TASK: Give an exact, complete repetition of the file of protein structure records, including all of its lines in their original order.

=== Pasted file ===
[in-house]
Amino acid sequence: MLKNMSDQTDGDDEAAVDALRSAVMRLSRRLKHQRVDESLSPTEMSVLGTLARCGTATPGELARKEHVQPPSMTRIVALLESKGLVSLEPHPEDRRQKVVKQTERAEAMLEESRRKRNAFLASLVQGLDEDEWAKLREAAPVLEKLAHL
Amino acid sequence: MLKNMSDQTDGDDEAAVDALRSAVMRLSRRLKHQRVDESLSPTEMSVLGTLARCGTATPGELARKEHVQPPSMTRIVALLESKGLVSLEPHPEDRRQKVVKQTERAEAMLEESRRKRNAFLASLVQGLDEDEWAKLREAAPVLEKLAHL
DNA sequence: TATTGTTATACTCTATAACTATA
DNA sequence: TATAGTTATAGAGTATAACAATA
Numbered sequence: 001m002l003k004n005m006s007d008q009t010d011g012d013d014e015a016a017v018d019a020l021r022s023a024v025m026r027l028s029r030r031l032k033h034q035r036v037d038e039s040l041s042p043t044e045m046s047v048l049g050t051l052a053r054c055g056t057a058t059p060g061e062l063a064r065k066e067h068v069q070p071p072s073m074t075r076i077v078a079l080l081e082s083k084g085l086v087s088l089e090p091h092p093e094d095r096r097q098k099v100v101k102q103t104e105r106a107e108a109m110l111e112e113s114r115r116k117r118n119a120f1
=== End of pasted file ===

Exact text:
[in-house]
Amino acid sequence: MLKNMSDQTDGDDEAAVDALRSAVMRLSRRLKHQRVDESLSPTEMSVLGTLARCGTATPGELARKEHVQPPSMTRIVALLESKGLVSLEPHPEDRRQKVVKQTERAEAMLEESRRKRNAFLASLVQGLDEDEWAKLREAAPVLEKLAHL
Amino acid sequence: MLKNMSDQTDGDDEAAVDALRSAVMRLSRRLKHQRVDESLSPTEMSVLGTLARCGTATPGELARKEHVQPPSMTRIVALLESKGLVSLEPHPEDRRQKVVKQTERAEAMLEESRRKRNAFLASLVQGLDEDEWAKLREAAPVLEKLAHL
DNA sequence: TATTGTTATACTCTATAACTATA
DNA sequence: TATAGTTATAGAGTATAACAATA
Numbered sequence: 001m002l003k004n005m006s007d008q009t010d011g012d013d014e015a016a017v018d019a020l021r022s023a024v025m026r027l028s029r030r031l032k033h034q035r036v037d038e039s040l041s042p043t044e045m046s047v048l049g050t051l052a053r054c055g056t057a058t059p060g061e062l063a064r065k066e067h068v069q070p071p072s073m074t075r076i077v078a079l080l081e082s083k084g085l086v087s088l089e090p091h092p093e094d095r096r097q098k099v100v101k102q103t104e105r106a107e108a109m110l111e112e113s114r115r116k117r118n119a120f1